By this time, Angus Young had adopted his characteristic school-uniform stage outfit. The idea was his sister Margaret's. Angus had tried other costumes, such as Spider-Man, Zorro, a gorilla, and a parody of Superman, named Super-Ang. In fact in its early days, most members of the band dressed in some form of glam or satin outfit but this approach was abandoned when it was discovered Melbourne band Skyhooks had already adopted this approach to their stage presentation.

The Young brothers decided that Evans was not a suitable frontman for the group, because they felt he was more of a glam rocker like Gary Glitter. On stage, Evans was occasionally replaced by the band's first manager, Dennis Laughlin, who was the original lead singer with Sherbet prior to Daryl Braithwaite joining the band. Evans did not get along with Laughlin, which also contributed to the band's ill feeling toward Evans.

Scott's death (1980)

As 1980 began, the band began work on a new album that would eventually become Back in Black, but Bon Scott would not live to see the project being finished. On February 19, 1980, Scott passed out after a night of heavy drinking in London and was left in a car owned by an acquaintance named Alistair Kinnear. The following morning, Kinnear rushed him to King's College Hospital in Camberwell, where Scott was pronounced dead on arrival. Pulmonary aspiration of vomit was the cause of Scott's death,and the official cause was listed as "acute alcohol poisoning" and "death by misadventure". Scott's family buried him in Fremantle, Western Australia, the area to which they had emigrated when he was a boy.

Inconsistencies in the official accounts of Scott's death have been cited in conspiracy theories, which suggest that Scott died of a heroin overdose, or was killed by exhaust fumes redirected into the car, or that Kinnear did not exist. Additionally, Scott was asthmatic, and the temperature was below freezing on the morning of his death.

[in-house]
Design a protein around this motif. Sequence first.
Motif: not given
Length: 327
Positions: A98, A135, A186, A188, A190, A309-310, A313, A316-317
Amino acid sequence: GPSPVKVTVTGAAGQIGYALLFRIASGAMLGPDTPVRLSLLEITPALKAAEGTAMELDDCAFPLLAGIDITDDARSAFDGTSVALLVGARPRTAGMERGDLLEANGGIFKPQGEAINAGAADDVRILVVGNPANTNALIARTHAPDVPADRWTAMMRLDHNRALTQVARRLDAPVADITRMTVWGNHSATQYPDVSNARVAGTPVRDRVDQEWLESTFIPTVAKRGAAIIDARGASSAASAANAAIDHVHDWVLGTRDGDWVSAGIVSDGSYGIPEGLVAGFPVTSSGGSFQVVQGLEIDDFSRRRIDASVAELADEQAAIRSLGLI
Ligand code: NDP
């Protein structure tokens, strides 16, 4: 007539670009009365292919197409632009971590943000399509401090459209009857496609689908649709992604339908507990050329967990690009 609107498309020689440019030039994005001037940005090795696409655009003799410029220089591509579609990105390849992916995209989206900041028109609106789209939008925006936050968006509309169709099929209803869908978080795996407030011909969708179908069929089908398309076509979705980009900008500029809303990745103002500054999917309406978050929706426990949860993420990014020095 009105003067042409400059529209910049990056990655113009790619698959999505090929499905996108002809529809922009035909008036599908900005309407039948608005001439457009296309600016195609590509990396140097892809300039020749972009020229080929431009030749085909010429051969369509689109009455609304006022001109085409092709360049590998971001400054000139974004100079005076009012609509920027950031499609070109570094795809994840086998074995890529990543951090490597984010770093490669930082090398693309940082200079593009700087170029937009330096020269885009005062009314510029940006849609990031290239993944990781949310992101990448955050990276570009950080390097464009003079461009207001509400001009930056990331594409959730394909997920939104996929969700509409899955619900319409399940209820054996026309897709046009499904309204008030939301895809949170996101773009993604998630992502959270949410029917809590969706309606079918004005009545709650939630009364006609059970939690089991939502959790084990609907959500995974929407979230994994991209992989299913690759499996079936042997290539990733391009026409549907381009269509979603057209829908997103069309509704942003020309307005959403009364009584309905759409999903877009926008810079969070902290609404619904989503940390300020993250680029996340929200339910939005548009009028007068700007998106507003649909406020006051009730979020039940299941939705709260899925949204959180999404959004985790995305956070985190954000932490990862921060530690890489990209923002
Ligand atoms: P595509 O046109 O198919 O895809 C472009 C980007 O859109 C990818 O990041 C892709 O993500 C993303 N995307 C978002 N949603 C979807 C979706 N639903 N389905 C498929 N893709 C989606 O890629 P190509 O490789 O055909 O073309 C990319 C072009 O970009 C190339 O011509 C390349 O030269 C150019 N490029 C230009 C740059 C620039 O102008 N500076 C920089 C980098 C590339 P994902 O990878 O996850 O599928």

Following Scott's death, the band briefly considered quitting; they eventually concluded, however, that Scott would have wanted AC/DC to continue, and various candidates were considered for his replacement, including Buzz Shearman, ex-Moxy member, who was not able to join because of voice problems,and ex-Back Street Crawler vocalist Terry Slesser, who turned down this opportunity when he decided not to join an established band and instead started a solo career. The remaining AC/DC members finally decided on ex-Geordie singer Brian Johnson.

Angus Young later recalled, "I remember Bon playing me Little Richard, and then telling me the story of when he saw Brian singing." He says about that night, "There's this guy up there screaming at the top of his lungs and then the next thing you know he hits the deck. He's on the floor, rolling around and screaming. I thought it was great, and then to top it off—you couldn't get a better encore—they came in and wheeled the guy off!" Later that night, Johnson would be diagnosed with appendicitis, which was the cause of his writhing around on stage.

For the audition, Johnson sang "Whole Lotta Rosie" from Let There Be Rock and Ike & Tina Turner's "Nutbush City Limits". He was hired a few days after the audition.

With Brian Johnson the band completed the songwriting that they had begun with Bon Scott for the album Back in Black. Recording took place at Compass Point Studios in the Bahamas a few months after Scott's death. Back in Black, produced by Mutt Lange and recorded by Tony Platt, became their biggest-selling album and a hard-rock landmark; hits include "Hells Bells", "You Shook Me All Night Long", and the title track. The album was certified platinum three months after its release, and by 2007 it had sold more than 22 million copies in the United States, making it the fourth-highest-selling album ever in the US. The album reached #1 in the UK and #4 in the US, where it spent 131 weeks on the Billboard 200 album chart.